Tidbits on British Life #1

I feel like I have been doing a pretty good job at documenting our travels and some aspects on living in the United Kingdom. But every so often I think, 'gosh, I haven't even mentioned how different that is over here'! So, I am going to start a little "tidbit" section so I can remember to post about little differences that you will FOR SURE notice are different than living in the US.

English vs English
I may written about this before, but it still is interesting to me how American English and British English can be so different. I imagined it would be just like Downton Abbey and I would understand everything perfectly (even though there were instances where I had no clue what Lady Grantham was talking about). But here in England, the British English can take on totally different meaning. And couple that with different accents and you can get confused real quick!

Here are a few of the differences from everyday language that we have had to learn:
(American word = British word)

Mail=Post
Trash=Rubbish
Cookie=Biscuit
Elevator=Lift
Sunroom=Conservatory
Zip Code=Post Code
GPS=Sat Nav
Parking Lot=Car Park
Bathroom=Loo
Hood=Bonnet
Trunk=Boot
Highway=Motorway
Gasoline=Petrol
Oven=Hob
Stove=Cooker
Styrofoam=Polystyrene
Cart=Trolley SO confusing at a Golf Course (carts, buggies, trollies???)
Cell phone=Mobile
Backyard=Garden
Truck=Lorry
Line=Queue
Apartment=Flat
French fries=chips
Chips=Crisps
First floor=Second Floor
TV=Telly
Rainboots=Wellies


I seriously feel like I could keep going on with this list, but I won't bore you today. But, as you can see, things can be a little confusing! We have fun with some of our British friends and trade accents for the night. To hear an American accent from a Brit is sometimes disturbing! Do we really sound that terrible??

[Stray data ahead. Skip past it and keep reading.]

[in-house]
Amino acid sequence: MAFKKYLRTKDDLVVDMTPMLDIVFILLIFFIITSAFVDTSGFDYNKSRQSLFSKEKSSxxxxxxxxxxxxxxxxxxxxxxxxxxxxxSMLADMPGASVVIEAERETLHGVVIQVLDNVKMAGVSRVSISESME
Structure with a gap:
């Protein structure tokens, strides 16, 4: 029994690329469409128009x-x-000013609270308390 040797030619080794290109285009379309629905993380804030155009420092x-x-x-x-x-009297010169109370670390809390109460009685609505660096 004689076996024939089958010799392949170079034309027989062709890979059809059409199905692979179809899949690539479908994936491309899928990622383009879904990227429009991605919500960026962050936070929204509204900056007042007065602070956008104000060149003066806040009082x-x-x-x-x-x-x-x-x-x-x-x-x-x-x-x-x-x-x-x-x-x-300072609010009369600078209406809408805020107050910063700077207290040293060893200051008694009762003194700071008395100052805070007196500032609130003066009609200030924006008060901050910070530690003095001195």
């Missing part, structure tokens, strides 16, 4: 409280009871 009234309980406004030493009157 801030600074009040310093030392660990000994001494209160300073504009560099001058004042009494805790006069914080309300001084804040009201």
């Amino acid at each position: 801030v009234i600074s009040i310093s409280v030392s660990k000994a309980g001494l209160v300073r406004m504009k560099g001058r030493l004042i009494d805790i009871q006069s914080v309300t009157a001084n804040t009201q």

At first, I felt like I should try and adopt some of the differences but it seems silly sometimes. Trying to pretend that I say words differently than the way I have spoken them all of my life is silly. We are American, we are different, and that's what makes this experience so interesting!

-Jamie


16 comments

  1. You need to go back and watch at least the first Harry Potter!! I think I always just glossed over what they were saying because I couldn't understand the accent (and I knew the books well so it didn't matter much), but I watched it after being here a few months and I was like "ooooooh I get it now!!!" So funny!

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    1. I know right!! I rented the first 3 after I went to the Harry Potter studios and I felt the same way! Too funny!!

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  2. I did a post on this ages ago as well! I use "British" words sometimes just to cut down on confusion/save time! If I told my niece that we were going change her diaper she wouldn't cooperate at all, but saw "nappy" and we're golden! x

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    1. Nice move with your niece!! Yeah, I do the same..using the "British" words or even just the pronunciations. Like with our movers, I said their version of garage...I sounded soooo dumb. But my favorites to fake are the "ry" endings like military and ordinary. And i LOVE litrally :)